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Initiatives shortage poses threat to NHS survival

 

Blog headlines

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Friday, 16 October 2015

Initiatives shortage poses threat to NHS survival

The NHS is facing a critical shortage of initiatives, supplies of which could run out by the end of the decade, leading to department closures and the loss of thousands of jobs. These are the shocking findings of an unpublished report seen by NHS Networks.

The report, No More Burning Platforms: We’re Out of Job, produced by a leading think tank, paints a disturbing picture of a future health service where hundreds of millions of pounds a year currently devoted to transformation programmes, innovation schemes and reports that no one reads could be siphoned off by officials to fund wasteful and inefficient “frontline” services such as hospital A&E departments and GP surgeries.

The government immediately vowed to protect essential services by building a thick ring of special advisers and PR consultants round Richmond House.

Crisis of who cares

Officials at the Department of Health and NHS England privately admit to growing concerns that even if the government meets its commitment to fund the schemes that are already running, it will be unable to meet demand for new ones with catchy names. Experts blame an ageing civil service population, an acute shortage of ideas and rising demand for banner headlines for the looming crisis.

According to the report, supplies of tortuous acronyms, dreadful puns and second-hand slogans are at their lowest level since 1948 and could soon run out altogether. “This could place the future of critical NHS transformation programmes in dire jeopardy, leaving patients literally unaffected,” its authors claim.

Restricted view

The report blames the NHS Five Year Forward View for using up the last remaining supplies of jargon. “Most plans content themselves with one neologism but the Five Year Forward View produced seven new models of care, various synonyms for accountable care organisations (ACOs) and numerous other examples of newspeak. After multispecialty community providers (MCPs), primary and acute care systems (PACS) and acute care collaborations (ACC) there is literally nowhere left to go.”

Officials also worried about how to sustain the View “brand” itself in subsequent years. Already technically less than a four-year view, the document’s authors are already working on “refreshed” versions as interest in the current view begins to wane. Sources claim to have seen early drafts of the Three Year Vista, Two Year Spectacle and One Year Peer into the Abyss.                                                                              

Decisive action task force consultation

The government has unveiled a three point plan to tackle the initiative deficit, including:

  • Creation of a £1bn Initiatives Fund to encourage innovation and spread of new initiatives
  • A new Transformation Task Force to be headed up by a national director for strategic initiatives and new models of programme
  • The immediate removal of import restrictions to encourage an influx of initiatives from overseas.

Not waving but Downing Street

Officials welcome short-term initiatives to recycle existing initiatives, but worry that they can’t be kept going indefinitely. Patients could risk being literally bored to death by Wave 3 of the Prime Minister’s Challenge Fund, as policy advisers failed to come up with convincing new names for backdoor schemes to give GPs cash to stop them emigrating to Australia, a Downing Street source admitted.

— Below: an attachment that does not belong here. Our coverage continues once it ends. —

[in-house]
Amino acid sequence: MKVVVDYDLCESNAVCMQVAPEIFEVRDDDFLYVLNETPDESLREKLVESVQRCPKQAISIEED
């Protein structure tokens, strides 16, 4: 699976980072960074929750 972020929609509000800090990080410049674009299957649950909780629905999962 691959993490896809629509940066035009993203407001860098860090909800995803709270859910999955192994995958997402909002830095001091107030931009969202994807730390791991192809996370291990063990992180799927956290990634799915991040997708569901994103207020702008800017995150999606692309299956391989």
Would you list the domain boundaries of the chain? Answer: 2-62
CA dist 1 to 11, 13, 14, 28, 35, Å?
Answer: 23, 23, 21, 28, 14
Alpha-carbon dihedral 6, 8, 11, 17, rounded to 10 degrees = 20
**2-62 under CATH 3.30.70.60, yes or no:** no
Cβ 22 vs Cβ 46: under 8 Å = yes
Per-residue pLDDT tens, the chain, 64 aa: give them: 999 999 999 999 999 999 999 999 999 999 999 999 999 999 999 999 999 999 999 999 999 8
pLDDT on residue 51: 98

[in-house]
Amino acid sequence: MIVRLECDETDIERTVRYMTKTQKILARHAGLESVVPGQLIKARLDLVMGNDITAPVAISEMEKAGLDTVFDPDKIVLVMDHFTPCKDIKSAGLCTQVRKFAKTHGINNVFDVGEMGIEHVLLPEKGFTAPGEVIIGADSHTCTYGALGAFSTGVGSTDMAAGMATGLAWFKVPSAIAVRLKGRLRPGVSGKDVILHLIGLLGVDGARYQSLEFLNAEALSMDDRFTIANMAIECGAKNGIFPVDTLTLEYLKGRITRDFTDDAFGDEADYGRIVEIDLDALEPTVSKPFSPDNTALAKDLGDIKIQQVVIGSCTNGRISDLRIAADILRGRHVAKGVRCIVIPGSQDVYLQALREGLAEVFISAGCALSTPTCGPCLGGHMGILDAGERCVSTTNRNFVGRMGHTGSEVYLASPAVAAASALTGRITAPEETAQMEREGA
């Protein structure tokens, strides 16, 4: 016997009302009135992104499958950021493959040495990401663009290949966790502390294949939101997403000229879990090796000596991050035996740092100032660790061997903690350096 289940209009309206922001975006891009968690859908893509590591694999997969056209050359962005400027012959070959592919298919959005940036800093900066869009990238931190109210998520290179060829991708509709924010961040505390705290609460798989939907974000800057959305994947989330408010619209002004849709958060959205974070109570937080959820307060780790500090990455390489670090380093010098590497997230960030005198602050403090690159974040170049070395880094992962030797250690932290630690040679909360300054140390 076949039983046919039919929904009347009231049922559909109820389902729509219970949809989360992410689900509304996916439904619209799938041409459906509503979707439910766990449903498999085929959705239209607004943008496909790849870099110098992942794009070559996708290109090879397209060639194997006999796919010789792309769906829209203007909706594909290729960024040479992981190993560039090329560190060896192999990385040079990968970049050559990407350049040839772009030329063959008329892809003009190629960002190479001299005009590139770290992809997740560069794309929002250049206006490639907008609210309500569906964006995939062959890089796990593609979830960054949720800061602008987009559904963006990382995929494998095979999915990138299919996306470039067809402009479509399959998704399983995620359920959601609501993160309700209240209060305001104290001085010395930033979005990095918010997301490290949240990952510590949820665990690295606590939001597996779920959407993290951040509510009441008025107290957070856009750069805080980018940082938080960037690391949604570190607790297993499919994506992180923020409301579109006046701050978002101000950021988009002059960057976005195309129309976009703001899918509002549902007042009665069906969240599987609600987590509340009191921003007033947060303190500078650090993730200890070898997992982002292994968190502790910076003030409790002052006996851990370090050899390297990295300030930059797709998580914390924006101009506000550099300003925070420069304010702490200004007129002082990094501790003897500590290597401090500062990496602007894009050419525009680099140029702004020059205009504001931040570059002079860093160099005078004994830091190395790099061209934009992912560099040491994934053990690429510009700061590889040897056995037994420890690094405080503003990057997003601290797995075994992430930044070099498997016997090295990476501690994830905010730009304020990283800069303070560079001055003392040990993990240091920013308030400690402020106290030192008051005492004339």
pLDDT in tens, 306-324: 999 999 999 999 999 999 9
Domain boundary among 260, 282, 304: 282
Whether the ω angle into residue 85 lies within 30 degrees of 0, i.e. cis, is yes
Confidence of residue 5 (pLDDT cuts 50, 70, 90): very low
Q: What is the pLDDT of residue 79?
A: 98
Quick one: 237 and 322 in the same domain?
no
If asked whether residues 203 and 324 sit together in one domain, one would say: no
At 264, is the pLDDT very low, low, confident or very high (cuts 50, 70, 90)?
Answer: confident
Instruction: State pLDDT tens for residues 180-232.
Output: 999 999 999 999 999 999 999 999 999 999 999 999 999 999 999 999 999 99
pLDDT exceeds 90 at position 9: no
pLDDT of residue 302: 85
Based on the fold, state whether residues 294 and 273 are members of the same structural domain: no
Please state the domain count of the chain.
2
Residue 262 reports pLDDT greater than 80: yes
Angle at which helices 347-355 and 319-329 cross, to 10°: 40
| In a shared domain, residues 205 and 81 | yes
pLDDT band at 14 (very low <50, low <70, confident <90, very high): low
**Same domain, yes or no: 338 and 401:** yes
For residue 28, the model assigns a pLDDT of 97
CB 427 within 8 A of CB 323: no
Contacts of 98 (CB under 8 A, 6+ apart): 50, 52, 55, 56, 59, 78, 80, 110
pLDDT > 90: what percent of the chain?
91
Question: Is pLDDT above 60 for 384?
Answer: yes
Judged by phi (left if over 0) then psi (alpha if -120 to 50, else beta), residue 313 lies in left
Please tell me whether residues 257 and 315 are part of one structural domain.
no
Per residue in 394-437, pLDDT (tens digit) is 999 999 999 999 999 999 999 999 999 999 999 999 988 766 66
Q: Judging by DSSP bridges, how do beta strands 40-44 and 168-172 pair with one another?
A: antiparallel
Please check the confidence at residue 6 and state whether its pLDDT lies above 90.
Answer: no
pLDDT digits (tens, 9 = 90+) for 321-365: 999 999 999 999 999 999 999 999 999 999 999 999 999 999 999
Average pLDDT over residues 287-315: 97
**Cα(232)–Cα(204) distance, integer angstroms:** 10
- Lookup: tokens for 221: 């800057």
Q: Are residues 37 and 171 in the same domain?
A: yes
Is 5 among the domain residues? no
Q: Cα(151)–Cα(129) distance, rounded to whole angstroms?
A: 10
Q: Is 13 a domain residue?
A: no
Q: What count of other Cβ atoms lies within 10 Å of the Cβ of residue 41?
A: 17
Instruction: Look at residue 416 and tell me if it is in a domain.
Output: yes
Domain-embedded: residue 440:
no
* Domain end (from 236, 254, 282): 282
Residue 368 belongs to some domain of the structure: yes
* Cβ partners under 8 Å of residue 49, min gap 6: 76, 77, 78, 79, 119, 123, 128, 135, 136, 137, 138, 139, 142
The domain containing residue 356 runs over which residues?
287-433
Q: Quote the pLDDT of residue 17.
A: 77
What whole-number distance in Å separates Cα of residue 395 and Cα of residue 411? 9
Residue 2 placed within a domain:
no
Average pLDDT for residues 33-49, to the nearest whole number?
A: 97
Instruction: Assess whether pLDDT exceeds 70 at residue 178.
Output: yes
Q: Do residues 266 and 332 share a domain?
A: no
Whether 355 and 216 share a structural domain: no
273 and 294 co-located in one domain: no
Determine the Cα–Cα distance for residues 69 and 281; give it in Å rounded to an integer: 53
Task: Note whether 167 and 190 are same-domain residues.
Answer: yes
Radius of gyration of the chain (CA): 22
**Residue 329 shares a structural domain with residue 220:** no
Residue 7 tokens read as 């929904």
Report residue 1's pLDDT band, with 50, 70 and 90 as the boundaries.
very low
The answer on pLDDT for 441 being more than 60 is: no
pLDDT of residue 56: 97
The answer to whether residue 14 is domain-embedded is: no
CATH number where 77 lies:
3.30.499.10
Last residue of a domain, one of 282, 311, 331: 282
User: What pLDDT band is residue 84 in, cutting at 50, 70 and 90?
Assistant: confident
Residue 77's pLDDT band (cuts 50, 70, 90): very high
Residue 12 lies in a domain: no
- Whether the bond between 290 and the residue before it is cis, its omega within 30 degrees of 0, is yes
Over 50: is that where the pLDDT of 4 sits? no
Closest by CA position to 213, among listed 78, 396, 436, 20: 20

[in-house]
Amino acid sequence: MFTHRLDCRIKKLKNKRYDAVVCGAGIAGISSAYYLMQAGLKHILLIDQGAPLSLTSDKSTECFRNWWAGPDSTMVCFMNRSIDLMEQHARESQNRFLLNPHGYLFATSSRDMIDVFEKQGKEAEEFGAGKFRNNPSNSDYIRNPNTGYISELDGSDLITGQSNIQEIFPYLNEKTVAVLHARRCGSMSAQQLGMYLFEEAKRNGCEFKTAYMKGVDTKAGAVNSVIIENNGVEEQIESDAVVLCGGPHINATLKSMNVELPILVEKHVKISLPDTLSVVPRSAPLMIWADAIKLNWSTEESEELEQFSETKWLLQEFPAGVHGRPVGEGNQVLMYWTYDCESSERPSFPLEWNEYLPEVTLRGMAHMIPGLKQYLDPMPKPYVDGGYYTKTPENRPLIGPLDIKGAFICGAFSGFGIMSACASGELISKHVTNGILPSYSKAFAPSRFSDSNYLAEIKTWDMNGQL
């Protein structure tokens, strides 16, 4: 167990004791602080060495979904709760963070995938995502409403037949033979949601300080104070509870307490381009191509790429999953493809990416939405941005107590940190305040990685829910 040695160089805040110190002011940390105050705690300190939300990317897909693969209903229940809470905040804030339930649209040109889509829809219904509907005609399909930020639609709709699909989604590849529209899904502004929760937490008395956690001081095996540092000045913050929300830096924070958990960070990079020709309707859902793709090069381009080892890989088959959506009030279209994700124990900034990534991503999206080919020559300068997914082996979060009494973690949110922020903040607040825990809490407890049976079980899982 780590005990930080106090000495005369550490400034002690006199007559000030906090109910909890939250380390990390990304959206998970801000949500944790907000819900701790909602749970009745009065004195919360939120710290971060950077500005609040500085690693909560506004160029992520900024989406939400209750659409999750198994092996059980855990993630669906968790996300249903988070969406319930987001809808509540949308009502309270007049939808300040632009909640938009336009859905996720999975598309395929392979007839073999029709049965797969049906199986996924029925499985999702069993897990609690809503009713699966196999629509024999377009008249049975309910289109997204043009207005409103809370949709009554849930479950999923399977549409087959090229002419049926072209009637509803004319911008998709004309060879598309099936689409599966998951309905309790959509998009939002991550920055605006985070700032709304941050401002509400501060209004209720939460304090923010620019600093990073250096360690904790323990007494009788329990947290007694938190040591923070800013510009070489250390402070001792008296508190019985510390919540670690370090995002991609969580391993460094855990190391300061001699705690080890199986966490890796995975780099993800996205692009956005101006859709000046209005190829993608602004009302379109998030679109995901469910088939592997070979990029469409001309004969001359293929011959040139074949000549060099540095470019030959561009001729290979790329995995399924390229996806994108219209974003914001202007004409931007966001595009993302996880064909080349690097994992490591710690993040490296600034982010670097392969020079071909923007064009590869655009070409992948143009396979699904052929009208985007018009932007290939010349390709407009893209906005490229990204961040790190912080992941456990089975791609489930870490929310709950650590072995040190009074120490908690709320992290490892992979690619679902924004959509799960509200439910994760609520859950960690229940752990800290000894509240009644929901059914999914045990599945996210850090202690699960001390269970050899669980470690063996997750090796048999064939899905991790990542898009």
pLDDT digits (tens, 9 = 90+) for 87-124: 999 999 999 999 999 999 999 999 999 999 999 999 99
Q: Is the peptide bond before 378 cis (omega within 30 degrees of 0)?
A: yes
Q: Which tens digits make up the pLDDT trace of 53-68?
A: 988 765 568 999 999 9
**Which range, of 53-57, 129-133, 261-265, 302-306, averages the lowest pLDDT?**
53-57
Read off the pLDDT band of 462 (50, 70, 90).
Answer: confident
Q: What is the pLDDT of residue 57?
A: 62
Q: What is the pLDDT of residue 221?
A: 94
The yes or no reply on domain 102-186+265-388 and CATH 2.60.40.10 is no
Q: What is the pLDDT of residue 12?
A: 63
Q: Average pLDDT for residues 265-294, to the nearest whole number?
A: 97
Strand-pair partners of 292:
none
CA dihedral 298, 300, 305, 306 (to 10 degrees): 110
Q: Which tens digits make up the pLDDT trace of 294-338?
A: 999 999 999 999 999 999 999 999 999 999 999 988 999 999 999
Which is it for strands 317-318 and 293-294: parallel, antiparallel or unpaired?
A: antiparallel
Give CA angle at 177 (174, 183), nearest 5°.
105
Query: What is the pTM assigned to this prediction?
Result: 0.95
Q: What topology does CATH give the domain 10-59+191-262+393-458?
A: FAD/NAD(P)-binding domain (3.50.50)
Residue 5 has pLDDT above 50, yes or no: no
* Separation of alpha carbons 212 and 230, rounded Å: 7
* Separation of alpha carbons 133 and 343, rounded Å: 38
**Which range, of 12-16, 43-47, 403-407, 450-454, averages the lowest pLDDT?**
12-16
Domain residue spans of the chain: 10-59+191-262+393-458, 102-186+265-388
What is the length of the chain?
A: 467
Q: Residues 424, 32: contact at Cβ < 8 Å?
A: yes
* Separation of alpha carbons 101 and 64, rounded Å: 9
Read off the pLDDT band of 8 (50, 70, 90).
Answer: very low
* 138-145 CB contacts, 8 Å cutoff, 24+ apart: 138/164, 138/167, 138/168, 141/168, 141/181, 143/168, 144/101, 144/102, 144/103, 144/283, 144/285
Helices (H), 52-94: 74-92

Endless repeats

Experts warn that Vanguards could soon be eclipsed but that the government has no idea what to do for an encore. NHS England confirmed that the Eclipse and Encore programmes would be unveiled after the autumn spending review.

Programme editor: Julian Patterson

@jtweeterson
julian.patterson@networks.nhs.uk

 
Les Scaife
Les Scaife says:
Oct 16, 2015 02:52 PM

How refreshing that at last someone has realised the commitment, skills and cost benefit the third sector can bring to the table on this problem, albeit years to late. We are at this moment trying to engage with our CCG and social services departments to provide a service 50% lower than the existing Proferred Provider.
Funds are wasted on the large charities who only provide a "signposting service" and who's overheads eat up a huge percentage of the funds.
These funds should be diverted to the third sector organisation who go into people houses and deliver care on the coalface. Unfortunately it is these organisation that are folding due to lack of funding, while the large charities continue to eat up funds but deliver no care.
We provide services to support people with dementia to live in there own home that has been featured in the DWP news letter. We provide care for people who have 24/7 care needs, but the CCG and social services have no wish to engage. If these services were to rolled out nationally there would be a huge cost benefit to local authorities and health services.
It would not be possible for government to engage with every small third sector organisation, but the funds could be handed to the CVS offices nationally, then small organisations could bid for the funds locally. The CVS know what services are required locally, so the money will go where it is needed. The CVS would be responsible to ensure the outcomes would be achieved, and deliver the report to the funders.